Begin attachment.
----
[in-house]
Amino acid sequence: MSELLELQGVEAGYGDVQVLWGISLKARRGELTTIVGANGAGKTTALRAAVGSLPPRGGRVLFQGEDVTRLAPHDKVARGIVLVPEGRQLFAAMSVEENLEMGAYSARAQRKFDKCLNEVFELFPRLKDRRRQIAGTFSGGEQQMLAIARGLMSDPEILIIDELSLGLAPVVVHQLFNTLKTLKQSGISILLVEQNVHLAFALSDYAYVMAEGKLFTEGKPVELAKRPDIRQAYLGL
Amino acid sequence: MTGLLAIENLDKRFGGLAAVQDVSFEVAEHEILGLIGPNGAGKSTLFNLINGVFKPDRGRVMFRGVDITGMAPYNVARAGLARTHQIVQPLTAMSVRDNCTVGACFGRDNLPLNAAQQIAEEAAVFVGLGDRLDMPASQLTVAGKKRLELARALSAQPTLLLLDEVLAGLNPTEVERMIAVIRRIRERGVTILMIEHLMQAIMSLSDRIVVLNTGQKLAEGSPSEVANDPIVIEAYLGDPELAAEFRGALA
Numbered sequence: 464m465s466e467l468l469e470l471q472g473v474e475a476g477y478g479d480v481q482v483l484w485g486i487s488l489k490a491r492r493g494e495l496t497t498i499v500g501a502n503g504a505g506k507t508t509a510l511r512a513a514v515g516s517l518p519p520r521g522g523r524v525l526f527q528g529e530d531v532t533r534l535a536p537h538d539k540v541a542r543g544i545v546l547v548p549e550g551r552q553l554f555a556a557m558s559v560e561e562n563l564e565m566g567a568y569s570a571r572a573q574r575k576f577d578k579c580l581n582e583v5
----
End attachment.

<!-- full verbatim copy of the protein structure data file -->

[in-house]
Amino acid sequence: MSELLELQGVEAGYGDVQVLWGISLKARRGELTTIVGANGAGKTTALRAAVGSLPPRGGRVLFQGEDVTRLAPHDKVARGIVLVPEGRQLFAAMSVEENLEMGAYSARAQRKFDKCLNEVFELFPRLKDRRRQIAGTFSGGEQQMLAIARGLMSDPEILIIDELSLGLAPVVVHQLFNTLKTLKQSGISILLVEQNVHLAFALSDYAYVMAEGKLFTEGKPVELAKRPDIRQAYLGL
Amino acid sequence: MTGLLAIENLDKRFGGLAAVQDVSFEVAEHEILGLIGPNGAGKSTLFNLINGVFKPDRGRVMFRGVDITGMAPYNVARAGLARTHQIVQPLTAMSVRDNCTVGACFGRDNLPLNAAQQIAEEAAVFVGLGDRLDMPASQLTVAGKKRLELARALSAQPTLLLLDEVLAGLNPTEVERMIAVIRRIRERGVTILMIEHLMQAIMSLSDRIVVLNTGQKLAEGSPSEVANDPIVIEAYLGDPELAAEFRGALA
Numbered sequence: 464m465s466e467l468l469e470l471q472g473v474e475a476g477y478g479d480v481q482v483l484w485g486i487s488l489k490a491r492r493g494e495l496t497t498i499v500g501a502n503g504a505g506k507t508t509a510l511r512a513a514v515g516s517l518p519p520r521g522g523r524v525l526f527q528g529e530d531v532t533r534l535a536p537h538d539k540v541a542r543g544i545v546l547v548p549e550g551r552q553l554f555a556a557m558s559v560e561e562n563l564e565m566g567a568y569s570a571r572a573q574r575k576f577d578k579c580l581n582e583v5